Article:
• “[MathMobile] has shown me the importance of sharing answers in groups for effective learning, that students can have many different processes for getting their answers, and to have in mind that we are guides for our students.”
  • “[In Math Mobile] we learn about how to explore different ways of coming up with a solution and then how to share your ideas with your peers and work together as a team to listen and decide what strategies are the most effective. Listening to my fellow teachers’ strategies and approaches helps me understand my own better and that there can be many ways to get to the same solution.”

Looking Ahead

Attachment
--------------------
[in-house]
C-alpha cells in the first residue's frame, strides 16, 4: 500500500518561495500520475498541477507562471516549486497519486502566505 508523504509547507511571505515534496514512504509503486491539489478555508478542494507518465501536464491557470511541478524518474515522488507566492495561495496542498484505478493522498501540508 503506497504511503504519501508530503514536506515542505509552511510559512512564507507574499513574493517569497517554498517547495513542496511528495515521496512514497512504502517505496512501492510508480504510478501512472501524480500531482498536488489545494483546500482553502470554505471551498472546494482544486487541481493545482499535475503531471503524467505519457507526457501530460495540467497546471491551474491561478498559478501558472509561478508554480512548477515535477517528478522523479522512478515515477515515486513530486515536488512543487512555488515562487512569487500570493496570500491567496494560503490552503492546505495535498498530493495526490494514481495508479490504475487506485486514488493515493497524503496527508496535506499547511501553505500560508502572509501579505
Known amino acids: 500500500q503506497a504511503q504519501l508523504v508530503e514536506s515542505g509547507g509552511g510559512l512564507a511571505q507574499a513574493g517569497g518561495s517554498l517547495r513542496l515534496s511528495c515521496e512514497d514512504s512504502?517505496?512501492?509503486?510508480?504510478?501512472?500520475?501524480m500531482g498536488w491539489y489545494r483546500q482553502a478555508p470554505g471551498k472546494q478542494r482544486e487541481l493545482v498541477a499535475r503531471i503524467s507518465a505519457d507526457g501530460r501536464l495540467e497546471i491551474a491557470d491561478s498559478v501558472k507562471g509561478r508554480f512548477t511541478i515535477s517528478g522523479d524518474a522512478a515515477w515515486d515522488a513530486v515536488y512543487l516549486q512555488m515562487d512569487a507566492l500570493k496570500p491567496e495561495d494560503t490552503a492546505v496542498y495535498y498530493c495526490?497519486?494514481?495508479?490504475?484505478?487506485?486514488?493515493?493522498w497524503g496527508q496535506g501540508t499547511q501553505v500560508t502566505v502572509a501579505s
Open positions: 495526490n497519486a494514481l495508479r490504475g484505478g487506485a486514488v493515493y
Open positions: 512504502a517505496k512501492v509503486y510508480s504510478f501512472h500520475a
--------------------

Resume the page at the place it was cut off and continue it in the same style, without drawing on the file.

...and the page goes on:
The first MathMobile module will conclude in July. The second and third modules will follow after a short break in order to finish before our annual November Conference at the end of the school year, where we hope to have MathMobile graduates lead workshops.

Once schools in Guatemala are permanently reopened, this program will serve as a springboard for an in-person MathMobile. The next stage will capitalize on the interest generated among teachers to build upon their content knowledge and pedagogical approach in alignment with our Principles. The ultimate goal is for participants to be equipped to lead professional development workshops themselves.

In the future, we hope to be able to reach across the digital divide to include more teachers in the virtual MathMobile. Many of our previous partner schools are in rural areas where remote work isn’t common or possible.

“We’re trying to figure out how we can support them to participate in these spaces,” remarks Alix. “That’s something we’re thinking about: How can we access those teachers?”